Joyous June on the second day of the month turned out to be full of happiness. Yesterday we went to a wedding.  The bride is a dear friend, we have travelled the ups and downs of life together for close on twenty years.  The groom has also become a friend, his cheeky charm and wonderful anarchist ways endeared me to him the second I met him. My friend loves him and he loves her back.  What a happy, happy day.  She looked amazing in cream lace, she walked to meet him holding the hand of a tiny girl, her granddaughter, who made a fabulous flower girl. Family and friends all around, everyone dressed in bright summery colours, hats a plenty, and lots of smiles.  The bride took her place next to her love sitting beside him.

There will be many, many June weddings, lots of couples, loved up, sharing their vows with family and friends.  There will be honeymoons and happy ever afters.  This wedding was slightly different.  For this couple the happy ever after is likely to be counted in weeks rather than years, their honeymoon will be spent at the hospice where the groom is cared for and loved by everyone around him. The hospice that held the wedding yesterday.  How sad, we all say, and we are right, it is sad.  Sad that they won’t grow old together, they won’t ever get to have ‘the remember when we were first married’ conversations. Yes is could be all sad.  Yet this wedding was something quite amazing. It was simply a reminder to live in the present.  To be today as we are, to be grateful for the love around us and to live in the moment.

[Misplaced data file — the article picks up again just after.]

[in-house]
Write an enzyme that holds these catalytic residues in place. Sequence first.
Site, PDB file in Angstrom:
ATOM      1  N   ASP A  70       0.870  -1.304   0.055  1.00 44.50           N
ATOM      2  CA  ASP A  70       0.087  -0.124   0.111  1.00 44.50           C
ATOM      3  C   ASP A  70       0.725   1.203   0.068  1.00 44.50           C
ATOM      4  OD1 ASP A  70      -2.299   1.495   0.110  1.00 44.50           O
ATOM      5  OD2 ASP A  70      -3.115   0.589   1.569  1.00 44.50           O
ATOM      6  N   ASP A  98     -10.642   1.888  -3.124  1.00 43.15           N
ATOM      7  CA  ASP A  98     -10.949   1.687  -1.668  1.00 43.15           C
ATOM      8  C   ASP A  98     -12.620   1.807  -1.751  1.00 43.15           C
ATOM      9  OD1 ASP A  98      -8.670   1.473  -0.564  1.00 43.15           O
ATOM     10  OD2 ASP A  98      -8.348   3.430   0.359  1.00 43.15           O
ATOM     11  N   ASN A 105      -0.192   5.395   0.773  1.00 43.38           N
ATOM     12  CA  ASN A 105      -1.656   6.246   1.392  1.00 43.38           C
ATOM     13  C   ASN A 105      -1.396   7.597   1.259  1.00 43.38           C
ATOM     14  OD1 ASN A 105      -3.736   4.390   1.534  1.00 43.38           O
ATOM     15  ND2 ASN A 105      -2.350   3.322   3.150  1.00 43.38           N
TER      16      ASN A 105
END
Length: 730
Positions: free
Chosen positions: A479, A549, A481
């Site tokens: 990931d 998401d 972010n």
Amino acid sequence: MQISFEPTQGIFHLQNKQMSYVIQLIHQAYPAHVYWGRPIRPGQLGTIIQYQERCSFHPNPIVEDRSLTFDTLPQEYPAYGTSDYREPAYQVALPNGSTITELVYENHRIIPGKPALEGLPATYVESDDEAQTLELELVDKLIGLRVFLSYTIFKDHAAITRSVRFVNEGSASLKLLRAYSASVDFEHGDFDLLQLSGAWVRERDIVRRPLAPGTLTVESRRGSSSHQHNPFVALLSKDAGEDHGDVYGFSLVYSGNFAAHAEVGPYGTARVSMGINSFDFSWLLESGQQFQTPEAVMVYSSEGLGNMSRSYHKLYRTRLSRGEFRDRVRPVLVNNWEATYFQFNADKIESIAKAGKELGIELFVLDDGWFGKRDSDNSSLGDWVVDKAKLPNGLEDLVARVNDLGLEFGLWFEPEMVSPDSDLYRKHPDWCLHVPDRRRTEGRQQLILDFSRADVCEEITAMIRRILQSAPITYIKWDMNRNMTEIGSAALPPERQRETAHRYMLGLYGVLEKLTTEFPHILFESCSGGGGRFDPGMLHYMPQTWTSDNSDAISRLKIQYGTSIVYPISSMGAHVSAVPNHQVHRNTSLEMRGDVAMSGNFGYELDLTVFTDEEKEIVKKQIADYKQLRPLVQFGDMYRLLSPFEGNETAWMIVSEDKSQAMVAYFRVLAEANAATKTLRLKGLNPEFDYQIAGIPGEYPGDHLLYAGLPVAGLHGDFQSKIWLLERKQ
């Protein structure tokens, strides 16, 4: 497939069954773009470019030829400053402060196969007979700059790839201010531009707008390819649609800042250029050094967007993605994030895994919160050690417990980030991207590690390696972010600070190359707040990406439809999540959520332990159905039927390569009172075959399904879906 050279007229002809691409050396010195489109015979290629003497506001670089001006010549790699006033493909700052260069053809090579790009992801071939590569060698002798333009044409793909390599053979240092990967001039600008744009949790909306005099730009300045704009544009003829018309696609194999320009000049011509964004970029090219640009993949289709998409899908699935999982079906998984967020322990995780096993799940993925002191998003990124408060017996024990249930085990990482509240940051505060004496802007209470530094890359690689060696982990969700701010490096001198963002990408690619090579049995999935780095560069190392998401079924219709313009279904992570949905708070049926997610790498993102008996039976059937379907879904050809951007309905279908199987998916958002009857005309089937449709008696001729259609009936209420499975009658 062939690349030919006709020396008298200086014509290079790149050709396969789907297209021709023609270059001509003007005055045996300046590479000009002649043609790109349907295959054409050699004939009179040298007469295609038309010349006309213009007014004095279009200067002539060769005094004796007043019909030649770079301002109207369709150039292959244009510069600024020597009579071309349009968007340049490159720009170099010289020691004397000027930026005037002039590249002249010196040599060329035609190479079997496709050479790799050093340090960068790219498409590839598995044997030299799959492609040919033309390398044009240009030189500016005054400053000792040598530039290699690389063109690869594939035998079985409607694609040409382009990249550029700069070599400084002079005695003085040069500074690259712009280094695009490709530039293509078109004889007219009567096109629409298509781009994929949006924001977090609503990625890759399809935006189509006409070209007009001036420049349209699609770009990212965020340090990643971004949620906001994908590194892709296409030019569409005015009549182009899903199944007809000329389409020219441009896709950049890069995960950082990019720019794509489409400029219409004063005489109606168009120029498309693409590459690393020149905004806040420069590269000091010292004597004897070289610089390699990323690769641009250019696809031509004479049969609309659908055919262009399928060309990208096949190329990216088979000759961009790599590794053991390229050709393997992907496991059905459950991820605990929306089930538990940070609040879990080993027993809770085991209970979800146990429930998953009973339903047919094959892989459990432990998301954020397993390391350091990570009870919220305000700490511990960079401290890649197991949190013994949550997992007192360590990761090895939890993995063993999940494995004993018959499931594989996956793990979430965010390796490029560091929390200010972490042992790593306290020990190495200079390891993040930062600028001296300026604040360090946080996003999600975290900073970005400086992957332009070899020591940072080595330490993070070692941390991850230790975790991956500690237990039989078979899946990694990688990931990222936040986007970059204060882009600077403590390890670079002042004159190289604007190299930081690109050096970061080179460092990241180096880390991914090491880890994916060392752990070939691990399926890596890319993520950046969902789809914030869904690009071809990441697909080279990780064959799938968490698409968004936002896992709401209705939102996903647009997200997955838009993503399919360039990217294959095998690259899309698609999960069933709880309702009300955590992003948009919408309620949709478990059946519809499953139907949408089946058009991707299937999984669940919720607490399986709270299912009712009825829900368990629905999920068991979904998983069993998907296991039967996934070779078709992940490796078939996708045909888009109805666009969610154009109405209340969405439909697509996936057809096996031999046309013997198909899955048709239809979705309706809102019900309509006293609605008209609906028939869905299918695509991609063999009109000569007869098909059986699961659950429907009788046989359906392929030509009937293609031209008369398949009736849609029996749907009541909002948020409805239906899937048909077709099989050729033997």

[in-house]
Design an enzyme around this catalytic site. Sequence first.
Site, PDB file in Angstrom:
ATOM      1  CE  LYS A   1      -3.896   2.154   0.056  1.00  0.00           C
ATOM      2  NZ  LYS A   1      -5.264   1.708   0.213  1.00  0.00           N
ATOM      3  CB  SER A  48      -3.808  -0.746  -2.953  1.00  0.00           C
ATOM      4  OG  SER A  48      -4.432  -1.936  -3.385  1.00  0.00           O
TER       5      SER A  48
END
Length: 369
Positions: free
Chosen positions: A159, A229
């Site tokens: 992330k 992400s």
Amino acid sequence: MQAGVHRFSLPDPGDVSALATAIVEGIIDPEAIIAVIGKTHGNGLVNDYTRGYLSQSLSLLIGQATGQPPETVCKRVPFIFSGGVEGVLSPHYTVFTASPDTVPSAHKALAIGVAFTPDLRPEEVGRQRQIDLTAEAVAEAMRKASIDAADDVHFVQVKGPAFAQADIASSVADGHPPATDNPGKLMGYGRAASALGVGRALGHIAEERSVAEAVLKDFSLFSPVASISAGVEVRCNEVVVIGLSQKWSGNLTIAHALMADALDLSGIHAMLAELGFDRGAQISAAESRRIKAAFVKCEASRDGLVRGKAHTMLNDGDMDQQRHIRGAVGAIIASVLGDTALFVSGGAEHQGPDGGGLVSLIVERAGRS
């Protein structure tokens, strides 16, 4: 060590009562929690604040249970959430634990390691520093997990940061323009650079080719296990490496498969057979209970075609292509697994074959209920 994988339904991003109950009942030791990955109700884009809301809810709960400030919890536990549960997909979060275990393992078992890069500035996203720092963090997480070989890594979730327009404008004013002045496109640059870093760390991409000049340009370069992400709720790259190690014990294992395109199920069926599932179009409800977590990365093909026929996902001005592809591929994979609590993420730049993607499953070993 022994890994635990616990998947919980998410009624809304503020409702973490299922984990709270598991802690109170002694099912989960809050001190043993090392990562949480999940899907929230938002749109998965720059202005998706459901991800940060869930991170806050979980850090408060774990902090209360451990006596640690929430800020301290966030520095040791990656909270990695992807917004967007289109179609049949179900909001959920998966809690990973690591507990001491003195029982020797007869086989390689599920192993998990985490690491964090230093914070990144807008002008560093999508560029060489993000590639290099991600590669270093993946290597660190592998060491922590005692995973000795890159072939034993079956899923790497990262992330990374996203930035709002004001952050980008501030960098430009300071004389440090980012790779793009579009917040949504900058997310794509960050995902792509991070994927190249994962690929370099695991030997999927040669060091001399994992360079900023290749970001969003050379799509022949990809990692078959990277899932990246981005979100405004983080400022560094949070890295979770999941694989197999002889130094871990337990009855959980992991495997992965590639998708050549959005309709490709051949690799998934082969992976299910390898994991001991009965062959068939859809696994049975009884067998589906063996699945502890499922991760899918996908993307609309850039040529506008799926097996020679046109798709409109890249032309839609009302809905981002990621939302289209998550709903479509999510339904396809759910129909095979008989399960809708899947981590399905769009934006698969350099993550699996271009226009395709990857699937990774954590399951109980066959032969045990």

The speeches came, everyone wished them well, and the bride and groom both spoke to the wedding party.  I was struck by their courage, by their humour and by their honesty. The groom especially, for whom talking was difficult, spoke of finding love, of holding on and of joy and smiles.  It was amazing.  They both talked about all the things they had shared since diagnosis, when the decision was made to live the life they wanted and not worry about what was to be.  They talked of the opera they have seen, the camping, the holidays, the walks in countryside, the fun with family and friends.  This couple have lived a lifetime in a couple of years.  So many memories to cherish, so much fun has been had. It became hard to be sad for them. It was as if they were showing us all what really is important in this thing we all call life.